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U.S. construction spending increased by 0.6 per cent in November, led by housing

The Associated Press
U.S. construction spending increased by 0.6 per cent in November, led by housing

WASHINGTON — Spending on U.S. construction projects rose a solid 0.6 per cent in November as gains in homebuilding and government projects offset weakness in nonresidential construction.

It was the fifth consecutive monthly gain and a sharp improvement from a tiny 0.1 per cent October advance, according to a U.S. Commerce Department report.

The acceleration was led by a 1.9 per cent rise in home construction which was more than double the 0.7 per cent October increase.

Spending on government projects rose 0.9 per cent in November as both activity at the federal level and state and local levels increased.

Spending on private sector nonresidential projects fell 1.2 per cent, the biggest drop since April, reflecting widespread weakness, with hotel construction down 3.8 per cent and manufacturing down 2.4 per cent.

Lower mortgage rates and a healthy job market have boosted homebuilding.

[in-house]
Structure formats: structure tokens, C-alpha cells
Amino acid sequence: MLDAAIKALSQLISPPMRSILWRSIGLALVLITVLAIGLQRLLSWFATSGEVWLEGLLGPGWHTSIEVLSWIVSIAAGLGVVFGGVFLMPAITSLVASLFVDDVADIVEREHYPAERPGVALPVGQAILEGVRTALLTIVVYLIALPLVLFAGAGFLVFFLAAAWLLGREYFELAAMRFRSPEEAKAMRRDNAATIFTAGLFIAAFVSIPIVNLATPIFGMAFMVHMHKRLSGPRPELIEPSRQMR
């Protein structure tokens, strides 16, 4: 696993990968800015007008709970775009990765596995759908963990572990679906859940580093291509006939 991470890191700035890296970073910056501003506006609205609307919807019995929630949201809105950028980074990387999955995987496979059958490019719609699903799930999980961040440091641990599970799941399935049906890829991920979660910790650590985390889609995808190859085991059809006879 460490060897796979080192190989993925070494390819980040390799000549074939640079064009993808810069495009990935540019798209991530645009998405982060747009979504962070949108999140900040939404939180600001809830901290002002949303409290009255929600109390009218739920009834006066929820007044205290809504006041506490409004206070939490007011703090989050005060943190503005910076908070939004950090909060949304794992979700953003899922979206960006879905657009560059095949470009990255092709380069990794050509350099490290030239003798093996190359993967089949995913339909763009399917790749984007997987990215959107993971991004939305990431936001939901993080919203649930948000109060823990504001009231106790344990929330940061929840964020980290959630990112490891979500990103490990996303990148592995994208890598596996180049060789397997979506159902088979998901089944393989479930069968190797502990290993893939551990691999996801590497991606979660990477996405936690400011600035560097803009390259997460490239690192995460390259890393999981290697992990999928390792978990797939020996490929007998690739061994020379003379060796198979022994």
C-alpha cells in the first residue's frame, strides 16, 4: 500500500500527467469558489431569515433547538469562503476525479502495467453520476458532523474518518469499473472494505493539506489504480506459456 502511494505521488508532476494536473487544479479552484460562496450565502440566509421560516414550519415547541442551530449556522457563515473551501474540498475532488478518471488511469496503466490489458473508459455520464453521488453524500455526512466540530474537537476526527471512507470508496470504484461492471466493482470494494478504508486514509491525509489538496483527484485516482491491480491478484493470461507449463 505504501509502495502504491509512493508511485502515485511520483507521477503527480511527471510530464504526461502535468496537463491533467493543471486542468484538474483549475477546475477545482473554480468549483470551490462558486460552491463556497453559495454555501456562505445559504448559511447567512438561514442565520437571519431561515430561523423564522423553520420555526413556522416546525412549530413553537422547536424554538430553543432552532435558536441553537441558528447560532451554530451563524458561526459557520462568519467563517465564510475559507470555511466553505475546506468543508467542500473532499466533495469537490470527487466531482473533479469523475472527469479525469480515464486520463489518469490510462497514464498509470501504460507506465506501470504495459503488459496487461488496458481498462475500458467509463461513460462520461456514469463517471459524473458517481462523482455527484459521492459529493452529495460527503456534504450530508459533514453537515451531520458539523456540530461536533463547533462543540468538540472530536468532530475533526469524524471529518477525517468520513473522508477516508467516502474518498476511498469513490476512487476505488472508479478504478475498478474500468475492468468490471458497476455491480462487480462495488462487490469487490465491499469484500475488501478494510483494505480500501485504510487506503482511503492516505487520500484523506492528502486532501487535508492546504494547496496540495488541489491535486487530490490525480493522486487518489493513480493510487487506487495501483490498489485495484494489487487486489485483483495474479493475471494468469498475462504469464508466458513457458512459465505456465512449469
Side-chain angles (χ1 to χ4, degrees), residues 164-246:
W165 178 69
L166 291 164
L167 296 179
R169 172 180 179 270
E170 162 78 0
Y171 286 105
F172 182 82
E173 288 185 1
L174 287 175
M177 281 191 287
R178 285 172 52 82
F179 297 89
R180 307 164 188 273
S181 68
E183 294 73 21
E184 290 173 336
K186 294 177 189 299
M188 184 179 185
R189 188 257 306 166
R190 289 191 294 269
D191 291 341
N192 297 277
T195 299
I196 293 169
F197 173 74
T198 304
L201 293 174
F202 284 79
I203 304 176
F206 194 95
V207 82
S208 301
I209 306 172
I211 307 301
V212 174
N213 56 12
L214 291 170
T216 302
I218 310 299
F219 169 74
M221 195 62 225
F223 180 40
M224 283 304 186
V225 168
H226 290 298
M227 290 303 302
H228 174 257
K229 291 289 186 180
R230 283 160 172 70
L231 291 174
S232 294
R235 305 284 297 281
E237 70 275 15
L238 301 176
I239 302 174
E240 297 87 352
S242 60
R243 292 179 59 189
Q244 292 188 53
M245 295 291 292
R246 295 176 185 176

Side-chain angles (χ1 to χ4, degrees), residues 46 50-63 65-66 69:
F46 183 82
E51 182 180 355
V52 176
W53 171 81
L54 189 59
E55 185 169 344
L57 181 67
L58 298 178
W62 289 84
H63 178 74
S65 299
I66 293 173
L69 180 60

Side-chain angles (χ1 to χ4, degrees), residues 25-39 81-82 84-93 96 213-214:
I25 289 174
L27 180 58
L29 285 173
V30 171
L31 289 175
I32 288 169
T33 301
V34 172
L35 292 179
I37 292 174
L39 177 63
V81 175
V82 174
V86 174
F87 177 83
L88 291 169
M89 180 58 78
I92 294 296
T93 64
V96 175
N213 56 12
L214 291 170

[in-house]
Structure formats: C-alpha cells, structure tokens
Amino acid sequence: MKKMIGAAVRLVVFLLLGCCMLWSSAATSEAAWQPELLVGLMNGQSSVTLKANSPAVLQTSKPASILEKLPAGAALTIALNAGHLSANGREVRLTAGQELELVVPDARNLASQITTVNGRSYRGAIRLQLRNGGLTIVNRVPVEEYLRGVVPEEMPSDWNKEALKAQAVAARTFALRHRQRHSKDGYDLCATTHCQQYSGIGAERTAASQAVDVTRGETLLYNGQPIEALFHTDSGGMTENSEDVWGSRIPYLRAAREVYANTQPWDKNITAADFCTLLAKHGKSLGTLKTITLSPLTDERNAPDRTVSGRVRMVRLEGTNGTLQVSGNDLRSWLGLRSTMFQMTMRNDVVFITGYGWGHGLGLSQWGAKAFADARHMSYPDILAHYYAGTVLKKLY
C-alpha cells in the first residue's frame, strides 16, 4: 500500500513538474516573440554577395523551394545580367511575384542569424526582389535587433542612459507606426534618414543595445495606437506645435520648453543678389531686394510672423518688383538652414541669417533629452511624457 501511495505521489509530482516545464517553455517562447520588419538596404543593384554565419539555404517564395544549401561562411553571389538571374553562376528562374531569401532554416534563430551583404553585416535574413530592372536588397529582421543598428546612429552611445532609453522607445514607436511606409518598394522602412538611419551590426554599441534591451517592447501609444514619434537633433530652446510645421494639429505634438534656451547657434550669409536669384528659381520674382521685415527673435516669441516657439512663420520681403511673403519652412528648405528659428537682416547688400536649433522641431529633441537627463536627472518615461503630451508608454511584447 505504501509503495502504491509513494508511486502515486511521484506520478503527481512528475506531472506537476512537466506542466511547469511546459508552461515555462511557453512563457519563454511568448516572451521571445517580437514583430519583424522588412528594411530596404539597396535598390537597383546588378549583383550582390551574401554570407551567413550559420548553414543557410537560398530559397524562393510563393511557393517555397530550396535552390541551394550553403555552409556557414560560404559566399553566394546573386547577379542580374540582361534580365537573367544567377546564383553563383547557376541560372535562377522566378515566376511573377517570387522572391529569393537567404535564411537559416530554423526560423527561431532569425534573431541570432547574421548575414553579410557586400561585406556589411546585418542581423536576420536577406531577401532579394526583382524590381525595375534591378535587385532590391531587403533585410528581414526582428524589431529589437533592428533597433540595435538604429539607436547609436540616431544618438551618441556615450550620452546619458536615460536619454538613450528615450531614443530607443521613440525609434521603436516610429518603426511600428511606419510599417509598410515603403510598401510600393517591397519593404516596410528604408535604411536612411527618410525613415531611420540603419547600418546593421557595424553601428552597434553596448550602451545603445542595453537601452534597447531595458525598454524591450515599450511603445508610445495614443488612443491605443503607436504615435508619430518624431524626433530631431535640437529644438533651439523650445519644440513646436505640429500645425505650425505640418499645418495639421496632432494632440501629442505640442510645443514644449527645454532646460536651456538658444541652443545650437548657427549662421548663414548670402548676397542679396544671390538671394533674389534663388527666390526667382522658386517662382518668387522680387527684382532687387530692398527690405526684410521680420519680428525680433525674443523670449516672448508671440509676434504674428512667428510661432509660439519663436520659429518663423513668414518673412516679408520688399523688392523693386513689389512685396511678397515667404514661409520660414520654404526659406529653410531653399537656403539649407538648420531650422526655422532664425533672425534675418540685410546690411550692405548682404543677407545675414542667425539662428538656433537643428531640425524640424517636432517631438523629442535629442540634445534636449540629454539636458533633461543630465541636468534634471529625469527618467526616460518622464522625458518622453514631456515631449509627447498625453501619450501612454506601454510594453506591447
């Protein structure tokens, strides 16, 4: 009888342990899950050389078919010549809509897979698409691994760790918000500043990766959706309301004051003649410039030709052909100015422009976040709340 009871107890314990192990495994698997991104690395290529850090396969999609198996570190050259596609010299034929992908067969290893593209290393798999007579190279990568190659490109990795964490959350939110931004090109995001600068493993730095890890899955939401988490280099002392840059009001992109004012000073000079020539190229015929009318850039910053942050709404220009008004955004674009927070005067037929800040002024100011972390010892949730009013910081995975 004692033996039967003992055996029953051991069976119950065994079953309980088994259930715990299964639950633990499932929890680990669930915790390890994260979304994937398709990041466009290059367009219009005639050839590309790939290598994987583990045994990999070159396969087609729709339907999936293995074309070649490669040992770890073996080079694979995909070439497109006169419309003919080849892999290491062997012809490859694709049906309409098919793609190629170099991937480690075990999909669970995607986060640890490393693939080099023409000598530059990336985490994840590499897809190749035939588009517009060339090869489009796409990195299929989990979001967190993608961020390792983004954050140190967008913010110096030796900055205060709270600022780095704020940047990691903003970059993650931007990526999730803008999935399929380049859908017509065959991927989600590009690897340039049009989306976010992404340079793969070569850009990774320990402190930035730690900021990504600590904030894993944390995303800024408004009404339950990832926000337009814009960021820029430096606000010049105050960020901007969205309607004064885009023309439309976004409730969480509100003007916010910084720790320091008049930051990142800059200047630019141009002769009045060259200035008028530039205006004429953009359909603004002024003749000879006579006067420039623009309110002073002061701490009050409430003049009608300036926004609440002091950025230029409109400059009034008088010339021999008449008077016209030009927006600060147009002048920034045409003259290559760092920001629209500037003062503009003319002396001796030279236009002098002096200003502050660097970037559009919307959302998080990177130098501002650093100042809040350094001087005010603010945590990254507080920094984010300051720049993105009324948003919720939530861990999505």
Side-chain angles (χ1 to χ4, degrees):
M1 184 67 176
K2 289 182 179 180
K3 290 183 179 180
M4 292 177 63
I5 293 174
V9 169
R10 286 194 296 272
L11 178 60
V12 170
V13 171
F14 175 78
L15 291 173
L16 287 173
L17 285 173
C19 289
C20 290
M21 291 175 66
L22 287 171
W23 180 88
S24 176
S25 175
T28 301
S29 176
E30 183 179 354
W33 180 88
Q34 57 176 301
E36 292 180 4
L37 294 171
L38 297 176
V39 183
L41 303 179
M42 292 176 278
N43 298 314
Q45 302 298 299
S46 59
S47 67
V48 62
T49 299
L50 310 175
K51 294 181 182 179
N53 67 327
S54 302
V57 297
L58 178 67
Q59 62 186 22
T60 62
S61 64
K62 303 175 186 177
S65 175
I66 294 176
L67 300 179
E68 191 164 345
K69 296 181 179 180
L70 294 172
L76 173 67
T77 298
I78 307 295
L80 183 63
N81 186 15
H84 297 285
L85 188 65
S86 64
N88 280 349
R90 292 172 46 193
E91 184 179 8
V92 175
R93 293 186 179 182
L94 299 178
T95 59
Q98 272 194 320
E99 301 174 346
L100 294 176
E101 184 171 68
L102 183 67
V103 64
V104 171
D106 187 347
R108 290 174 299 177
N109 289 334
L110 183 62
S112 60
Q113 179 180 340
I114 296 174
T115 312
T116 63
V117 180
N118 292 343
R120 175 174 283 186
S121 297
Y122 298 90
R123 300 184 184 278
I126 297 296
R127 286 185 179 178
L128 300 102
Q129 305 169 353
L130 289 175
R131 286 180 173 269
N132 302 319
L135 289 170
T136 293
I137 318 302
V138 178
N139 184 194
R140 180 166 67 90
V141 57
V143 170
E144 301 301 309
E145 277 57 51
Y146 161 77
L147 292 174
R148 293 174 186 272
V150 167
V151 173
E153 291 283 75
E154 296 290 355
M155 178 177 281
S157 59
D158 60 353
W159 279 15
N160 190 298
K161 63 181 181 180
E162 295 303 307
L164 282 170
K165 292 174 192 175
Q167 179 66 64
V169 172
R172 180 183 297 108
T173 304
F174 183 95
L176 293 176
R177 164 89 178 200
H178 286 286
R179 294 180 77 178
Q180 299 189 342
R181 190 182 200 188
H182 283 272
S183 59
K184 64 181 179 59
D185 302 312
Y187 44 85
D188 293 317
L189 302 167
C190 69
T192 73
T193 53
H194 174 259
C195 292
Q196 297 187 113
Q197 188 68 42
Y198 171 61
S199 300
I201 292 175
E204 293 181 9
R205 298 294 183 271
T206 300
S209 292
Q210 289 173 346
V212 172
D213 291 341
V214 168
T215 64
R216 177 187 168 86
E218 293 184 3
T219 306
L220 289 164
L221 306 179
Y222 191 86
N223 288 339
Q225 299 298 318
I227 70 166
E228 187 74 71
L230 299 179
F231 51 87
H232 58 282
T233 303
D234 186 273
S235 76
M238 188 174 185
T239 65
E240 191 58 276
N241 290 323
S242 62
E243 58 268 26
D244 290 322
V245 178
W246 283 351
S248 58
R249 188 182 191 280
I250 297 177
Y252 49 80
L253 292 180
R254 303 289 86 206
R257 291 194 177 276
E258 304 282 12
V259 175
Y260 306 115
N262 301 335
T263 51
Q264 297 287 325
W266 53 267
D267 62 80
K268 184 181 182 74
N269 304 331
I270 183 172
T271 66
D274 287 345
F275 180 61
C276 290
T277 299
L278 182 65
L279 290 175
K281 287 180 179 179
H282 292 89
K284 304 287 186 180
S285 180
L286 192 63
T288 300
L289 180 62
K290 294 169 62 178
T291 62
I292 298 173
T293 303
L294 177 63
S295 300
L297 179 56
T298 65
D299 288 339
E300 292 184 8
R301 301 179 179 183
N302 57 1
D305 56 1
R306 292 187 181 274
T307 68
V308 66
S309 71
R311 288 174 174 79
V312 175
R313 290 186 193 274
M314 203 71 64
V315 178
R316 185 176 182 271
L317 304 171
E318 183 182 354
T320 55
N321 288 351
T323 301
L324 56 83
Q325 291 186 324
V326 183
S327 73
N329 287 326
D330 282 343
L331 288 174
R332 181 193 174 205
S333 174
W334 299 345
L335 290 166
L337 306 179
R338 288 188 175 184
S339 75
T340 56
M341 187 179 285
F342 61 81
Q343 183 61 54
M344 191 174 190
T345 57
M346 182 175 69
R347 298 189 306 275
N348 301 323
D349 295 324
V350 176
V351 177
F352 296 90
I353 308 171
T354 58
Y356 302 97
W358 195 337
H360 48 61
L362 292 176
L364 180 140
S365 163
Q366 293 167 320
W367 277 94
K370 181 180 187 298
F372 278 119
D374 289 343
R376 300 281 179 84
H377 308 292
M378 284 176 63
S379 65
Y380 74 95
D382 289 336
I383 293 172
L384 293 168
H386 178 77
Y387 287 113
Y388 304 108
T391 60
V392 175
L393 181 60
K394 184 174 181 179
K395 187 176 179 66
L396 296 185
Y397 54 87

The average national rate for a 30-year fixed-rate mortgage recently dipped to 3.72 per cent.

That was down significantly from a year ago when the 30-year mortgage was at 4.51 per cent.

At this time a year ago, the Fed had wrapped up a year when it had boosted interest rates four times.

However, in the face of rising global weakness and headwinds generated by a U.S.-China trade war, the Federal Reserve switched from hiking interest rates to cutting its benchmark rate three times last year, giving a boost to financial markets and interest-sensitive sectors such as housing.

The gain in homebuilding reflected a 1.2 per cent rise in single-family construction which offset an unchanged reading for the smaller apartment sector.

The rebound in housing is expected to continue in 2020. Application for new building permits, seen as a good indicator of future activity, jumped in November to the highest level in more than a decade.

The 0.9 per cent increase in government construction reflected a 1.7 per cent rise in spending by the federal government and a 0.8 per cent increase in spending by state and local governments.

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